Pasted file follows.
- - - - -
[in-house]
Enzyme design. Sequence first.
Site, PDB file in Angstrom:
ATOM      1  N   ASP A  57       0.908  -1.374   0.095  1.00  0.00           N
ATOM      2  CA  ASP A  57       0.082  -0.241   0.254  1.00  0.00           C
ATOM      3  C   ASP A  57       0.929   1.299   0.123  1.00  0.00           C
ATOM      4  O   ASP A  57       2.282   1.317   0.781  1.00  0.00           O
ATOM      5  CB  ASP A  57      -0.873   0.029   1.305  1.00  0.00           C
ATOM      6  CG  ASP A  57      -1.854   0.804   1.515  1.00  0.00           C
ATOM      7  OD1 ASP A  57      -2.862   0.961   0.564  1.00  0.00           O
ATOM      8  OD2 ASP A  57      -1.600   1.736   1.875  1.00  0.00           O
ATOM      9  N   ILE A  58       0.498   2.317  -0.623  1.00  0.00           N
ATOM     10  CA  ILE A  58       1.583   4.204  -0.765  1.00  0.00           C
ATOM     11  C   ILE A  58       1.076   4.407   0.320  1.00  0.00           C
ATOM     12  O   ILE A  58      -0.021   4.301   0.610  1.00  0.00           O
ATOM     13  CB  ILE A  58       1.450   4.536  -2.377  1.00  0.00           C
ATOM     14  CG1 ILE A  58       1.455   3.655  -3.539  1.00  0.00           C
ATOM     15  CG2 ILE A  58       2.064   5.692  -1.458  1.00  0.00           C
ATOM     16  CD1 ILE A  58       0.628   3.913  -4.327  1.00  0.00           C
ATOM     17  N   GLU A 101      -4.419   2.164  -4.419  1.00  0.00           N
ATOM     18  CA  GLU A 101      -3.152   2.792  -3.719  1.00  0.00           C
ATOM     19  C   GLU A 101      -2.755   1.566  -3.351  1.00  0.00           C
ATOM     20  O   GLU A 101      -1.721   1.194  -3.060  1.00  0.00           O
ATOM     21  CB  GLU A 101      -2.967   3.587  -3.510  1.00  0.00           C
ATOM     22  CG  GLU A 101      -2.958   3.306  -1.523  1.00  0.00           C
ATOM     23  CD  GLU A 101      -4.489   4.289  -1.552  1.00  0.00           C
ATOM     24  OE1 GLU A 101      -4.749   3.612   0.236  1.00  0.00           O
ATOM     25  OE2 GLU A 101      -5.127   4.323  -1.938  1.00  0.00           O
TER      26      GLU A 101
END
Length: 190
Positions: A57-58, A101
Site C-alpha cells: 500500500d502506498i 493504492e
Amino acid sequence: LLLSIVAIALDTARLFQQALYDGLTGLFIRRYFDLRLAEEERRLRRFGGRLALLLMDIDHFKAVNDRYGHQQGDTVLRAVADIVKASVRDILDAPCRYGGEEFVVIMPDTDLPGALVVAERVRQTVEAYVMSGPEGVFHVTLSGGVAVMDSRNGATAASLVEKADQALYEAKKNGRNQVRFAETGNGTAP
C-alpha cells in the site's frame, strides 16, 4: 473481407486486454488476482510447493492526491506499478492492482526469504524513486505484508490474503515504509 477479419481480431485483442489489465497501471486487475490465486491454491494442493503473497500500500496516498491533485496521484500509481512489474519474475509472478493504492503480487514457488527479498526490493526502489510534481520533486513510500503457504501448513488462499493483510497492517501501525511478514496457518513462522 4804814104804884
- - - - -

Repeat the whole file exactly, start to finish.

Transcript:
[in-house]
Enzyme design. Sequence first.
Site, PDB file in Angstrom:
ATOM      1  N   ASP A  57       0.908  -1.374   0.095  1.00  0.00           N
ATOM      2  CA  ASP A  57       0.082  -0.241   0.254  1.00  0.00           C
ATOM      3  C   ASP A  57       0.929   1.299   0.123  1.00  0.00           C
ATOM      4  O   ASP A  57       2.282   1.317   0.781  1.00  0.00           O
ATOM      5  CB  ASP A  57      -0.873   0.029   1.305  1.00  0.00           C
ATOM      6  CG  ASP A  57      -1.854   0.804   1.515  1.00  0.00           C
ATOM      7  OD1 ASP A  57      -2.862   0.961   0.564  1.00  0.00           O
ATOM      8  OD2 ASP A  57      -1.600   1.736   1.875  1.00  0.00           O
ATOM      9  N   ILE A  58       0.498   2.317  -0.623  1.00  0.00           N
ATOM     10  CA  ILE A  58       1.583   4.204  -0.765  1.00  0.00           C
ATOM     11  C   ILE A  58       1.076   4.407   0.320  1.00  0.00           C
ATOM     12  O   ILE A  58      -0.021   4.301   0.610  1.00  0.00           O
ATOM     13  CB  ILE A  58       1.450   4.536  -2.377  1.00  0.00           C
ATOM     14  CG1 ILE A  58       1.455   3.655  -3.539  1.00  0.00           C
ATOM     15  CG2 ILE A  58       2.064   5.692  -1.458  1.00  0.00           C
ATOM     16  CD1 ILE A  58       0.628   3.913  -4.327  1.00  0.00           C
ATOM     17  N   GLU A 101      -4.419   2.164  -4.419  1.00  0.00           N
ATOM     18  CA  GLU A 101      -3.152   2.792  -3.719  1.00  0.00           C
ATOM     19  C   GLU A 101      -2.755   1.566  -3.351  1.00  0.00           C
ATOM     20  O   GLU A 101      -1.721   1.194  -3.060  1.00  0.00           O
ATOM     21  CB  GLU A 101      -2.967   3.587  -3.510  1.00  0.00           C
ATOM     22  CG  GLU A 101      -2.958   3.306  -1.523  1.00  0.00           C
ATOM     23  CD  GLU A 101      -4.489   4.289  -1.552  1.00  0.00           C
ATOM     24  OE1 GLU A 101      -4.749   3.612   0.236  1.00  0.00           O
ATOM     25  OE2 GLU A 101      -5.127   4.323  -1.938  1.00  0.00           O
TER      26      GLU A 101
END
Length: 190
Positions: A57-58, A101
Site C-alpha cells: 500500500d502506498i 493504492e
Amino acid sequence: LLLSIVAIALDTARLFQQALYDGLTGLFIRRYFDLRLAEEERRLRRFGGRLALLLMDIDHFKAVNDRYGHQQGDTVLRAVADIVKASVRDILDAPCRYGGEEFVVIMPDTDLPGALVVAERVRQTVEAYVMSGPEGVFHVTLSGGVAVMDSRNGATAASLVEKADQALYEAKKNGRNQVRFAETGNGTAP
C-alpha cells in the site's frame, strides 16, 4: 473481407486486454488476482510447493492526491506499478492492482526469504524513486505484508490474503515504509 477479419481480431485483442489489465497501471486487475490465486491454491494442493503473497500500500496516498491533485496521484500509481512489474519474475509472478493504492503480487514457488527479498526490493526502489510534481520533486513510500503457504501448513488462499493483510497492517501501525511478514496457518513462522 4804814104804884